Liberia: Government Raises Awareness on Importance of Road Fund
Monrovia – The Government of Liberia through the Ministry of Internal Affairs in collaboration with the Ministry of Public Works has launched a citizens’ engagement campaign to raise awareness on the importance of the National Road Fund. The campaign is funded by the National Road Fund of Liberia (NRFL).
The public outreach is targeting local government officials, youth and women representatives and stakeholders in the transport sector, including officials of the National Federation of Road Transport Union of Liberia (NFRTU), commercial drivers, and motorcycle and tricycle riders.
On Monday, the awareness was taken to Buchanan, Grand Bassa County, bringing together participants from Grand Bassa, Margibi and Montserrado Counties. Speaking on behalf of Internal Affairs Minister Varney Sirleaf, the Technical Focal Person in the Minister’s office, D. Emmanuel Wheinyue said the forum is geared towards engaging the citizens and informing them about the importance of the road fund.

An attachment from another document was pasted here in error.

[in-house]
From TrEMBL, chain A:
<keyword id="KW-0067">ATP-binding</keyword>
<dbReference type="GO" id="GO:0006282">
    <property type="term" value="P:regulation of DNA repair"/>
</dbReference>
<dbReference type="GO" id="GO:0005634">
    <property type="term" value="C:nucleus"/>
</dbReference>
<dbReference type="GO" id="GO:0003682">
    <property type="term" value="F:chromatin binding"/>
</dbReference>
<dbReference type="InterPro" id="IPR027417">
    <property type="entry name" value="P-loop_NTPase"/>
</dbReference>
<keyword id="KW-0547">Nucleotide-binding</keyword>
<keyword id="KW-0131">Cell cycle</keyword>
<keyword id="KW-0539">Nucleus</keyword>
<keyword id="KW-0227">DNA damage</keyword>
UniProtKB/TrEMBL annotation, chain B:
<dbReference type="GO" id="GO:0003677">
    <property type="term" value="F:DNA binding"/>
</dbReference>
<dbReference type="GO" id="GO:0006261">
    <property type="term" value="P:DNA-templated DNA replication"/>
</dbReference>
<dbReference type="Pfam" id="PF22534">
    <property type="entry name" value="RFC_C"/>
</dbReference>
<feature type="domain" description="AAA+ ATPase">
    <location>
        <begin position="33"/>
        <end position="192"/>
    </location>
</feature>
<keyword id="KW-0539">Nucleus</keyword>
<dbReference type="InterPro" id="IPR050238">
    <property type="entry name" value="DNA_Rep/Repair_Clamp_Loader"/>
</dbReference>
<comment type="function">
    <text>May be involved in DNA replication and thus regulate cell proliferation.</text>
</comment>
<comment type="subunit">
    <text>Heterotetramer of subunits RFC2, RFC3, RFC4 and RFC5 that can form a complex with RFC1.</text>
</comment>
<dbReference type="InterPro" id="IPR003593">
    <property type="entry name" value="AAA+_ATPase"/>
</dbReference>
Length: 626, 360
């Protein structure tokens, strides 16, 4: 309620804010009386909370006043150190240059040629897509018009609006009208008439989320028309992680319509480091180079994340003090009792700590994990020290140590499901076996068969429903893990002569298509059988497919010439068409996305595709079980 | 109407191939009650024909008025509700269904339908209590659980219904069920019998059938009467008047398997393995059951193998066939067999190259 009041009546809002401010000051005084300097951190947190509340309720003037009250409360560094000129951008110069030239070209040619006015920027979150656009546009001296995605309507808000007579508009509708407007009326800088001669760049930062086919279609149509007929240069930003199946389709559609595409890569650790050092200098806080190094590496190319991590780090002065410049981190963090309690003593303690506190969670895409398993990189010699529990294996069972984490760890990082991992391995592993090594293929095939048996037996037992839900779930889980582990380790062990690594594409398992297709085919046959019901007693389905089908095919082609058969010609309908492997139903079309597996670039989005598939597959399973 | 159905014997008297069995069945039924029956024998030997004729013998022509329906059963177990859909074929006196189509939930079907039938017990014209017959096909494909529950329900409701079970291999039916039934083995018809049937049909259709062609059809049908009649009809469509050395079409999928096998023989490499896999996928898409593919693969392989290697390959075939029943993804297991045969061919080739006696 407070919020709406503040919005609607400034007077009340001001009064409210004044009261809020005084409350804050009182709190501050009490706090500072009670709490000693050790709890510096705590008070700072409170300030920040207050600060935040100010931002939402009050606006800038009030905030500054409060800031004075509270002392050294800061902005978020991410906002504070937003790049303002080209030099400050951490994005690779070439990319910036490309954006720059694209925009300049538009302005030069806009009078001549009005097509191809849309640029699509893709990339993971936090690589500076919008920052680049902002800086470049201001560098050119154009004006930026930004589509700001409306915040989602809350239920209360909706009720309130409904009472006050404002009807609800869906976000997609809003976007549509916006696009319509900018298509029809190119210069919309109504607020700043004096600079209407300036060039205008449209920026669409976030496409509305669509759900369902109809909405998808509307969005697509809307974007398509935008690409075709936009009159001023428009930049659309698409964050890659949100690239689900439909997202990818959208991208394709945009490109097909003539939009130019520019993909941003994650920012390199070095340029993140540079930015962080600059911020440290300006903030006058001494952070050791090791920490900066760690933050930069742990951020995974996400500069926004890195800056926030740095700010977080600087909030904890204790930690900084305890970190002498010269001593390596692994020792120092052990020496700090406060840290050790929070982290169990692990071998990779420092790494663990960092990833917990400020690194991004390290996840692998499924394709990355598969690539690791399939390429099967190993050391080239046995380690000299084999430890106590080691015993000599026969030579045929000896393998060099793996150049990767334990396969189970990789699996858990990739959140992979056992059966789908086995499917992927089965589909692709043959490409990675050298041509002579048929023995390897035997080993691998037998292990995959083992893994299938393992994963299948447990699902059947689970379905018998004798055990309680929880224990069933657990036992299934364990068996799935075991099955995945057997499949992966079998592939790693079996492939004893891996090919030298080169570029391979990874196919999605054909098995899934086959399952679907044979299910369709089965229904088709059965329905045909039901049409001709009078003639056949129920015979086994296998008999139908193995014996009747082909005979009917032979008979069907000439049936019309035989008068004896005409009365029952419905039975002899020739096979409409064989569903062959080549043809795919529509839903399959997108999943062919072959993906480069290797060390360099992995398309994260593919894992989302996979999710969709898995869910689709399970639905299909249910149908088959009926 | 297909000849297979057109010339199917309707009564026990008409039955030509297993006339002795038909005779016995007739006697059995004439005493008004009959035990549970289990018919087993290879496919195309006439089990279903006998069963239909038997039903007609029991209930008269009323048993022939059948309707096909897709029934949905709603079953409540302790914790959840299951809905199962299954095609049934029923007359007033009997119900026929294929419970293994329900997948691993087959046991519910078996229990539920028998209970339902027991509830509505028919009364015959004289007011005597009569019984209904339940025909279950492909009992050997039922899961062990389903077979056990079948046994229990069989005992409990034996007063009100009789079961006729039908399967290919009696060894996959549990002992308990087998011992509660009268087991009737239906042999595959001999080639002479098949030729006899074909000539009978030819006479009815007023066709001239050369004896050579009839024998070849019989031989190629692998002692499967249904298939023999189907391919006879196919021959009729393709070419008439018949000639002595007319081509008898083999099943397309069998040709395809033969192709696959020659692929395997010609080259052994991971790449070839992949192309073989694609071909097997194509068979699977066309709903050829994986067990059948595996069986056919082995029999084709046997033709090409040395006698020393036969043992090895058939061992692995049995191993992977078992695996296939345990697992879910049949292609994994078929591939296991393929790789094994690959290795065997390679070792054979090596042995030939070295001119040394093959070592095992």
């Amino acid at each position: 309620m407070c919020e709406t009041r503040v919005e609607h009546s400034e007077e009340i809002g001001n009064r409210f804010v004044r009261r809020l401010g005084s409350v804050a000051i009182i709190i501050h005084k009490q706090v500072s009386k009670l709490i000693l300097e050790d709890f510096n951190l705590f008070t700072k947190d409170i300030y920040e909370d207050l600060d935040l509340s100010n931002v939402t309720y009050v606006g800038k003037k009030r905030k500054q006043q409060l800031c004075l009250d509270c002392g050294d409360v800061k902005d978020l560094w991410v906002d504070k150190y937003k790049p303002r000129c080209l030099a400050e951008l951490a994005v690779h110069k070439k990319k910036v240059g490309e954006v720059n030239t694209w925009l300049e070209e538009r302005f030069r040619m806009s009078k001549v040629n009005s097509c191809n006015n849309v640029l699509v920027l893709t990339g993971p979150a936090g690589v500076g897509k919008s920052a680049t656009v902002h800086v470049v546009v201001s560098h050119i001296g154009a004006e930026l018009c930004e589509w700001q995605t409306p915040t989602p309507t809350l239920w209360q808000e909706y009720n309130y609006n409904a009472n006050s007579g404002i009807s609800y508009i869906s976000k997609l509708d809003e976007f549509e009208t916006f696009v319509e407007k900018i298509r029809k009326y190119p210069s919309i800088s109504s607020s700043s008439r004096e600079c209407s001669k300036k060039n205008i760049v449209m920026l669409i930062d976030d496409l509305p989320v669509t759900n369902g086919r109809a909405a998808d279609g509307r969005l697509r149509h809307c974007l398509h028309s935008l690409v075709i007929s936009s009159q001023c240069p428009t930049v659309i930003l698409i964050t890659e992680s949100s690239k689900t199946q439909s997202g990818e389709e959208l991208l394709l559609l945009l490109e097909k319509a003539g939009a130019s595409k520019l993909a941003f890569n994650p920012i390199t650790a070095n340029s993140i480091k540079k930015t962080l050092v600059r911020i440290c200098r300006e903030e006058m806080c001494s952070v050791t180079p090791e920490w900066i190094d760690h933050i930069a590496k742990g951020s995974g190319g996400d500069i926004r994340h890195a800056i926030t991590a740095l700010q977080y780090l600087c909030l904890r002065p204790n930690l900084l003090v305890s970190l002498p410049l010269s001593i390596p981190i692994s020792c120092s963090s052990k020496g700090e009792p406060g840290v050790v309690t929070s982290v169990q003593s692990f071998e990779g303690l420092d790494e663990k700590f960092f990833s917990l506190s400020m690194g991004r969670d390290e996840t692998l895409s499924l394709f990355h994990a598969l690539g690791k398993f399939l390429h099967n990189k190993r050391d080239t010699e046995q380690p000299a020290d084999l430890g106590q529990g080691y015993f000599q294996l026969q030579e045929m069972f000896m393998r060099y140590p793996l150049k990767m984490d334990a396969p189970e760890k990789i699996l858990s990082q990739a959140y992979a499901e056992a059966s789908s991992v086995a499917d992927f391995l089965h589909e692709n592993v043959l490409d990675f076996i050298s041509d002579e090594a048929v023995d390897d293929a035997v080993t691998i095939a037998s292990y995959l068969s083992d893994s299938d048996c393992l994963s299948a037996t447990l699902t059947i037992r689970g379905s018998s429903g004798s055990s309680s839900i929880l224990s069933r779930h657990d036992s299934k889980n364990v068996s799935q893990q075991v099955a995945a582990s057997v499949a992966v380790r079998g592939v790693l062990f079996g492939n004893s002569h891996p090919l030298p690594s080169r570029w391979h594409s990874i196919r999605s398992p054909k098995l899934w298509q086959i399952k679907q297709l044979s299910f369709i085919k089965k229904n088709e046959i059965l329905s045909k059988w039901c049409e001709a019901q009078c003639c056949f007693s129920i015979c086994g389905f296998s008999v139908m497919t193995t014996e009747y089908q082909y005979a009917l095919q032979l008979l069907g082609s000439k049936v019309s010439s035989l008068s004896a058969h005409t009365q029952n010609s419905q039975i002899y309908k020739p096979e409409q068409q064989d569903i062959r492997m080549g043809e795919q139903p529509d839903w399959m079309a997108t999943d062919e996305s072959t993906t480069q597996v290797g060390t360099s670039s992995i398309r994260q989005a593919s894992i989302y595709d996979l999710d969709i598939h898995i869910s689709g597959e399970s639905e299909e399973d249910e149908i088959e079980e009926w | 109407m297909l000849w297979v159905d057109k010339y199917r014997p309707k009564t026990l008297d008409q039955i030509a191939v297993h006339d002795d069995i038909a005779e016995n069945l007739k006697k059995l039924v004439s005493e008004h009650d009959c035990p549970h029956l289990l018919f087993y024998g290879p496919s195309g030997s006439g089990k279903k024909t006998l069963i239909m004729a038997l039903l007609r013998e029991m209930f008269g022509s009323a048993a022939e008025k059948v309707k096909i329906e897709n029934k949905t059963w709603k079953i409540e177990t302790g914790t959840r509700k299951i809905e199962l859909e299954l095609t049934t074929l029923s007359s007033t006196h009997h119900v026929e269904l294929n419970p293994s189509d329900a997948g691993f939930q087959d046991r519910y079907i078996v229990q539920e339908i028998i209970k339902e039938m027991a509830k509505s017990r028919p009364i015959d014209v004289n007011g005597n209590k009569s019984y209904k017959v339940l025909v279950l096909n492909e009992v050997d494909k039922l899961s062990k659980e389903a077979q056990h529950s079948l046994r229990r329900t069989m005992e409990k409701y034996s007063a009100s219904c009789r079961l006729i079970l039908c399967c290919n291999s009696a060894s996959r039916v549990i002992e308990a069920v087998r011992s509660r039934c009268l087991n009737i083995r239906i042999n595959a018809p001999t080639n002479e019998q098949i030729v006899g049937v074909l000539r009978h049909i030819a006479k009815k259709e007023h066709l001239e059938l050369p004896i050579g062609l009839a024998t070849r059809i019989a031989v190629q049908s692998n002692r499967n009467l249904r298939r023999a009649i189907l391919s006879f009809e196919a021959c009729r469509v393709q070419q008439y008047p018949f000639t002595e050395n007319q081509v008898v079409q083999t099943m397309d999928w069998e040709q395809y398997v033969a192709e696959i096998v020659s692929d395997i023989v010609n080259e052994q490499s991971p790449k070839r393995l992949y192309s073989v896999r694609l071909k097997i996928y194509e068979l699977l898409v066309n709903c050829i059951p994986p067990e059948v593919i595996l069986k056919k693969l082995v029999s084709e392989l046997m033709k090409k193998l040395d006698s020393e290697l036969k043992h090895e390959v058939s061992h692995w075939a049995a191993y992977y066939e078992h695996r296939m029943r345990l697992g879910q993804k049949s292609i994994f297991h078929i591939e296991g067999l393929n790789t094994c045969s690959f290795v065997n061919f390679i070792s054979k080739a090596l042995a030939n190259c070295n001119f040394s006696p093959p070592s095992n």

He said, as a member of the Inter Ministerial Committee of the NRFL, which also comprises the Ministries of Public Works, Finance, Commerce and Transport, the Ministry of Internal Affairs was empowered to implement the outreach, to enable citizens get firsthand information and better understanding about the road fund and its importance towards Liberia’s development.
“The reason why we are having this citizen engagement in the counties is to inform people about the impact of the Road Fund. We are targeting motorcyclists and people in the transport sector to help spread the message about the road fund, its impact and importance,” he said.